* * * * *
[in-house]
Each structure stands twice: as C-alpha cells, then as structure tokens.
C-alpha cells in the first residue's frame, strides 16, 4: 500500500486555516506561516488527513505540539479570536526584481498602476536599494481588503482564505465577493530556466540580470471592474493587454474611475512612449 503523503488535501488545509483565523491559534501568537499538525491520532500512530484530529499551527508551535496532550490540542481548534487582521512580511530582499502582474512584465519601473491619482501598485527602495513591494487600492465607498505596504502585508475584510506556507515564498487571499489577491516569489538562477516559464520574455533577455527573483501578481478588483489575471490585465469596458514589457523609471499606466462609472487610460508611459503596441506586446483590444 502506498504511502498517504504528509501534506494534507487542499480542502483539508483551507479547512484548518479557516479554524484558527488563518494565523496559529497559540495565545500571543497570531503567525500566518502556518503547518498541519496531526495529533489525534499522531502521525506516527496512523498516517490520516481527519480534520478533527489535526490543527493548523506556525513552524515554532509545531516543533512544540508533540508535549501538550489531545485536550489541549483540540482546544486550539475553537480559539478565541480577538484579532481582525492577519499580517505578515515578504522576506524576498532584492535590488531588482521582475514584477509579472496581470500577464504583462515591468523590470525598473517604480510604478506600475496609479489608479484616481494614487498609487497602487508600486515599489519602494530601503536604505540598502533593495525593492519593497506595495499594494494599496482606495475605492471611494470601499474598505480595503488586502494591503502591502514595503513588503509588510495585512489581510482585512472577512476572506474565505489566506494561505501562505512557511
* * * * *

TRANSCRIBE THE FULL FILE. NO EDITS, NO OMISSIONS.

[in-house]
Each structure stands twice: as C-alpha cells, then as structure tokens.
C-alpha cells in the first residue's frame, strides 16, 4: 500500500486555516506561516488527513505540539479570536526584481498602476536599494481588503482564505465577493530556466540580470471592474493587454474611475512612449 503523503488535501488545509483565523491559534501568537499538525491520532500512530484530529499551527508551535496532550490540542481548534487582521512580511530582499502582474512584465519601473491619482501598485527602495513591494487600492465607498505596504502585508475584510506556507515564498487571499489577491516569489538562477516559464520574455533577455527573483501578481478588483489575471490585465469596458514589457523609471499606466462609472487610460508611459503596441506586446483590444 502506498504511502498517504504528509501534506494534507487542499480542502483539508483551507479547512484548518479557516479554524484558527488563518494565523496559529497559540495565545500571543497570531503567525500566518502556518503547518498541519496531526495529533489525534499522531502521525506516527496512523498516517490520516481527519480534520478533527489535526490543527493548523506556525513552524515554532509545531516543533512544540508533540508535549501538550489531545485536550489541549483540540482546544486550539475553537480559539478565541480577538484579532481582525492577519499580517505578515515578504522576506524576498532584492535590488531588482521582475514584477509579472496581470500577464504583462515591468523590470525598473517604480510604478506600475496609479489608479484616481494614487498609487497602487508600486515599489519602494530601503536604505540598502533593495525593492519593497506595495499594494494599496482606495475605492471611494470601499474598505480595503488586502494591503502591502514595503513588503509588510495585512489581510482585512472577512476572506474565505489566506494561505501562505512557511